“We were put through shed after shed after shed,” said Chris Foss, whom O’Bannon had hired for Alien after having previously met in Paris while working on Dune, “and they were going through director after director after director.” Cobb himself told Den of Geek that “I soon found myself hidden away at Fox Studios in an old rehearsal hall above an even older sound stage with Chris Foss and O’Bannon, trying to visualize Alien. For up to five months Chris and I (with Dan supervising) turned out a large amount of artwork, while the producers, Gordon Carroll, Walter Hill and David Giler, looked for a director.”
“And he was doing some incredible stuff,”O’Bannon continued. “Wow! I was really happy during this period, seeing the movie appear under Cobb’s fingers. Of course, we usually had to go over and sit on his back to get him to do any work -otherwise he would just party on with his friends- but how beautiful were the results.” Cobb accompanied O’Bannon to England when Alien’s production went into full swing, having been personally recommended to director Ridley Scott by O’Bannon. “O’Bannon introduced me to Ron Cobb,” Scott told Fantastic Films in 1979, “a brilliant visualiser of the genre, with whom he’d worked on Dark Star. Cobb seemed to have very realistic visions of both the far and near future, so I quickly decided that he would take a very important part in the making of the film.”
“I made the two-hour round trip [to the studio] with [Cobb] every day in a miniscule red Volkswagen Golf,” said O’Bannon. “I hate to drive, so the first time I got behind the wheel I took off for London at about 70 mph and made it back in record time, through the most horrendous commuter crush and with all the traffic going the wrong way as well. Toward the end there, Cobb actually screamed, and cried out something about how I was going too fast. The next morning when he picked me up in the Golf, he told me firmly that he would be doing all the driving from here on out, so that took care of that.”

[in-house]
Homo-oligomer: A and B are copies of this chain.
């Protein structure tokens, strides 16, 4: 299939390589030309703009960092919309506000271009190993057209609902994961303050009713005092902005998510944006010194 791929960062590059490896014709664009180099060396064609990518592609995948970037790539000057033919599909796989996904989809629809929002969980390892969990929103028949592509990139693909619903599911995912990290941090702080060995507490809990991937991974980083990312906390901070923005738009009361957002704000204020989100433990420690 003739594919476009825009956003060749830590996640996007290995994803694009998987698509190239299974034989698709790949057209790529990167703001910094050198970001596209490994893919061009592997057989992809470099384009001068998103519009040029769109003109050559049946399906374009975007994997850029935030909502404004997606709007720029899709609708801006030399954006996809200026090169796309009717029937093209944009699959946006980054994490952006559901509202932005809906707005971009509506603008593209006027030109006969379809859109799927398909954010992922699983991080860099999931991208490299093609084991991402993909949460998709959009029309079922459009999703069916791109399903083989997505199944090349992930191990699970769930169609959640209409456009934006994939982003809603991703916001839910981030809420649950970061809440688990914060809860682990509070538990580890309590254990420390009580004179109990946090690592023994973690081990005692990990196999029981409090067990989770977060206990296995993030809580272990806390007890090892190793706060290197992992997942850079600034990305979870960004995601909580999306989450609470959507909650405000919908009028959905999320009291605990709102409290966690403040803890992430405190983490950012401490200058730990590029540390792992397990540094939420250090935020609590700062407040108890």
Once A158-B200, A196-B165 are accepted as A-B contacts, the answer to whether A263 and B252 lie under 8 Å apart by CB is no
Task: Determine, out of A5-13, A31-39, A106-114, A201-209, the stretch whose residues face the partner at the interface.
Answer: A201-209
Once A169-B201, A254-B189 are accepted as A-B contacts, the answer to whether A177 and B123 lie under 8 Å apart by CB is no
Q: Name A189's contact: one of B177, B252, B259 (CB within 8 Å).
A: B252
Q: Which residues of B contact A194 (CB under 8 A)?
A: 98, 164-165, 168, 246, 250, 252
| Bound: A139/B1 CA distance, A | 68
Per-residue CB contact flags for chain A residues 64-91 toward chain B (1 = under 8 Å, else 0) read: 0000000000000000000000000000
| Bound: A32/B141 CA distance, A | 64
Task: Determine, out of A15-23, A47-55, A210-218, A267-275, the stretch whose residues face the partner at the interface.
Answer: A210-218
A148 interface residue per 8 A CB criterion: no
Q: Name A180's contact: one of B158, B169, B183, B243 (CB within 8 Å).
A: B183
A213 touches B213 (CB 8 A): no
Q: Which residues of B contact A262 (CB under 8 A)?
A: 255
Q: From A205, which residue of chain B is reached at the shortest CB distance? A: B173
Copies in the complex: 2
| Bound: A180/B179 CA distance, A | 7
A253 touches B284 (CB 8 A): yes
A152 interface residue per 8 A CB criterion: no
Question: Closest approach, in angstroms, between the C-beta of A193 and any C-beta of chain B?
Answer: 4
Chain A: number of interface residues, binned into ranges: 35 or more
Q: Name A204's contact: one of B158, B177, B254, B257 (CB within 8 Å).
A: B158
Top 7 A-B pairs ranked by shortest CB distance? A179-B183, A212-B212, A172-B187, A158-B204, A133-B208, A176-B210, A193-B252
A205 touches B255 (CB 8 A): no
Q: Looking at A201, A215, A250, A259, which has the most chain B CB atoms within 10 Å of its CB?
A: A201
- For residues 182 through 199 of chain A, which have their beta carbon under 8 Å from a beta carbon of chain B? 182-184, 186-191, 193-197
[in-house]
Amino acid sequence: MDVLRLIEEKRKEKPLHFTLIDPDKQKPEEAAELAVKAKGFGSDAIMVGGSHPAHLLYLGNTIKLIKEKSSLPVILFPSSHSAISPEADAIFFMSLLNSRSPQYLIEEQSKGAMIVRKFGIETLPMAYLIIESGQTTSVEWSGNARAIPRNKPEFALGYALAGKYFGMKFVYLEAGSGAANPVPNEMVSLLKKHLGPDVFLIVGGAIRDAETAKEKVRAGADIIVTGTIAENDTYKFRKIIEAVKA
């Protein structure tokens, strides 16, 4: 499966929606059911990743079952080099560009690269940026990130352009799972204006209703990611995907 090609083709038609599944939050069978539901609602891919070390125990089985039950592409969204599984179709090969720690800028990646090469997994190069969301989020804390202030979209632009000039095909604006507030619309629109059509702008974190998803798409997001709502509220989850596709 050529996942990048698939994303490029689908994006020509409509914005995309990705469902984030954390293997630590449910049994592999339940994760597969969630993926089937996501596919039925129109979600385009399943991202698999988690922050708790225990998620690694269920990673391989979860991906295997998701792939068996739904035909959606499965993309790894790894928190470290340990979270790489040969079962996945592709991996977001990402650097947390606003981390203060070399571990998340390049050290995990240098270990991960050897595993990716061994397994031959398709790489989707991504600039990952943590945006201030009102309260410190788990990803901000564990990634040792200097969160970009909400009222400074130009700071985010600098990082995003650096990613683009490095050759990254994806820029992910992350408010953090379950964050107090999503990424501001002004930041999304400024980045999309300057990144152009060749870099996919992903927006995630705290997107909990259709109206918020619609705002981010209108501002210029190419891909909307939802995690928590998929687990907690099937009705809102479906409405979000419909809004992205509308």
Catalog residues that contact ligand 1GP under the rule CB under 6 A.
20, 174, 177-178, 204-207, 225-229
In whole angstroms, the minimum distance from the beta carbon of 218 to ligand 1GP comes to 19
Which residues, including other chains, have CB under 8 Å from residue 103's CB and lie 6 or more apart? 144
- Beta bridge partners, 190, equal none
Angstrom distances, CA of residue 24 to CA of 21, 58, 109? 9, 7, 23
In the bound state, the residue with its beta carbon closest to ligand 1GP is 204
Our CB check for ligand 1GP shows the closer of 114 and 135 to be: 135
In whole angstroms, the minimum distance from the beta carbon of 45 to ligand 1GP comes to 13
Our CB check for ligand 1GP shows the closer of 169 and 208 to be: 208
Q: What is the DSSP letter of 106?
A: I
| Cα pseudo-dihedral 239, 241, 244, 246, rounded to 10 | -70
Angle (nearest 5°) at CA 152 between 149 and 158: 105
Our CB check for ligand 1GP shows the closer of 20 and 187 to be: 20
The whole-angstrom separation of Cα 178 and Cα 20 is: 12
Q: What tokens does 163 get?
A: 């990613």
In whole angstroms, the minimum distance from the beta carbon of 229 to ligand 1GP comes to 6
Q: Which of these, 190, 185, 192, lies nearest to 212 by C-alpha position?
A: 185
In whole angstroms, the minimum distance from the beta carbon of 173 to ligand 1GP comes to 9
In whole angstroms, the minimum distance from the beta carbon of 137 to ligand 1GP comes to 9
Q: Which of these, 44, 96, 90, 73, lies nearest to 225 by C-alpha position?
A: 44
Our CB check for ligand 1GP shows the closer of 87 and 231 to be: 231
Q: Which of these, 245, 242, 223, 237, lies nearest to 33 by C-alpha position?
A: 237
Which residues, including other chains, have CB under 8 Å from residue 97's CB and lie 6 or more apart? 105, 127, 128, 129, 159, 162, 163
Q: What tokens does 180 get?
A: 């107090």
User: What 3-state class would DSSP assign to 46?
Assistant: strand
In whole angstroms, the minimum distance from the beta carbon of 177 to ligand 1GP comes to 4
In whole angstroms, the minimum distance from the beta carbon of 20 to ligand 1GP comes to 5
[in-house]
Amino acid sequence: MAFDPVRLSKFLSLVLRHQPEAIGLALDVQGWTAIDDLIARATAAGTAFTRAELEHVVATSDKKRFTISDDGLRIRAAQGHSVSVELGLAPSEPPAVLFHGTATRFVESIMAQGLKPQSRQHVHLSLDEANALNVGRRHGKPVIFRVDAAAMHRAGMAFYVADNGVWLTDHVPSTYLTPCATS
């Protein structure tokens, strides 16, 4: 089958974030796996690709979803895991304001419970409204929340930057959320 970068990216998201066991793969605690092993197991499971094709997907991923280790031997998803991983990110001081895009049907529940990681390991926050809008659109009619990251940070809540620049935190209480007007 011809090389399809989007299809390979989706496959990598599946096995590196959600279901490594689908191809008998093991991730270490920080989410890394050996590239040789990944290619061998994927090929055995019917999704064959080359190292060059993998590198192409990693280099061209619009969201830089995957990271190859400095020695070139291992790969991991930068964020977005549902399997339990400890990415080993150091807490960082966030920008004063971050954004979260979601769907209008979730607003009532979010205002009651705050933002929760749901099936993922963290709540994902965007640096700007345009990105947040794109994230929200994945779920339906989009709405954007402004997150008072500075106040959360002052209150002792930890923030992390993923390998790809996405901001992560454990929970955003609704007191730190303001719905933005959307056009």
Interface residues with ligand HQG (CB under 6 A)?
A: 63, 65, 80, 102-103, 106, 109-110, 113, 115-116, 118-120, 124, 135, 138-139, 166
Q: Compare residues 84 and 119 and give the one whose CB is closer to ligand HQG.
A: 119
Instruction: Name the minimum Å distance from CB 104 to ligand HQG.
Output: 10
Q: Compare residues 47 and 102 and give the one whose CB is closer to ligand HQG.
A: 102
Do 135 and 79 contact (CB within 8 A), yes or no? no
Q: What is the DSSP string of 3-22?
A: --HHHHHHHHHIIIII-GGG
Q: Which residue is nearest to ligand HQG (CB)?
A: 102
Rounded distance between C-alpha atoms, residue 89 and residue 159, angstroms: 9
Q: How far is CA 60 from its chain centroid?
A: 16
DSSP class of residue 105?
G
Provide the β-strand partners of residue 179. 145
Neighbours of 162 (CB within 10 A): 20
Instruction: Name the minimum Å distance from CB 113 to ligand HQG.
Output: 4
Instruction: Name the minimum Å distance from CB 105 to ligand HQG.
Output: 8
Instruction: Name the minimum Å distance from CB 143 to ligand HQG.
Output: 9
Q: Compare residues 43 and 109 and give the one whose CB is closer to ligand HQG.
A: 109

Cobb with Giger at the King’s Head Pub, Shepperton, England, 1978.
Cobb, along with Foss, was tasked with realising the human elements of the film, but he also took a crack at the Space Jockey, Alien, and the Alien temple from O’Bannon’s version of the screenplay. In Cobb’s conception of the Alien temple, a hieroglyph depicts, in a Mayan-esque fashion, an insect-like creature prone on its back as another being erupts -depicted in glorious fashion- from its midcentre. Above the new lifeform’s head is an image of an Alien egg, deified and ensconced within an aureola. The pyramid was ultimately cut due to budgetary and time constraints, and Giger was tasked with its design when the silo was incorporated with his derelict craft (which Ron also took a shot at). Ron’s concepts for the planetoid, which hewed close to O’Bannon’s Mars-esque description in his screenplay, were also ‘ignored’ by the production when the planetoid was given a grey colour scheme (Dennis Lowe’s early effects work for the planet depicted it as a turbulent orange and red swirl, akin to the surface of Jupiter.)
Though O’Bannon loved Cobb’s other designs for the Alien and derelict ship, they were lacking what only Giger was able to provide: a tangible nightmarish quality. Cobb’s Alien was rejected in favour of Giger’s almost from the get-go. “I’m afraid Ron Cobb’s ego was sorely wounded when he didn’t get to do the monster,” O’Bannon told Cinefex in ’79. “He was endlessly frustrated because he could design aliens without number and they were all convincing and all unique and all startling to look at … His designs just weren’t as bizarre, or as bubbling up from the subconscious as the stuff Giger was doing. Cobb’s monsters all looked like they could come out of a zoo—Giger’s looked like something out of a bad dream.”
But Dan did love his concept for the Space Jockey, which he described as “Just perfect! Very small jawbone – no teeth to speak of. Of course, I expected it to look horrible when you first see it in the film; but if you looked at it a bit closer you’d discover that it didn’t have the large teeth or mandibles or any of the other things that are characteristic of a carnivore – and then maybe you’d begin to imagine it as some totally nonviolent herbivorous creature sailing around in space.”
Ridley however was enamoured with Giger’s Space Jockey, and elected that the other conceptual artists focus on other areas of the film, namely the Nostromo, which had to have all the appearance of a functional and plausible 22nd century ship, but also had to convey the idea of being a haunted house, or castle; its comm towers and satellites would have to evoke a conglomeration of cathedral spires and other Gothic shapes. “I wanted the ship to look like a gothic castle,” Cobb explained, “but resisted that approach—it might have been a bit too much … I grew up with a deep fascination for astronomy, astrophysics, and most of all, aerospace flight. My design approach has always been that of a frustrated engineer (as well as a frustrated writer when it came to cinema design). I tend to subscribe to the idea that form follows function.”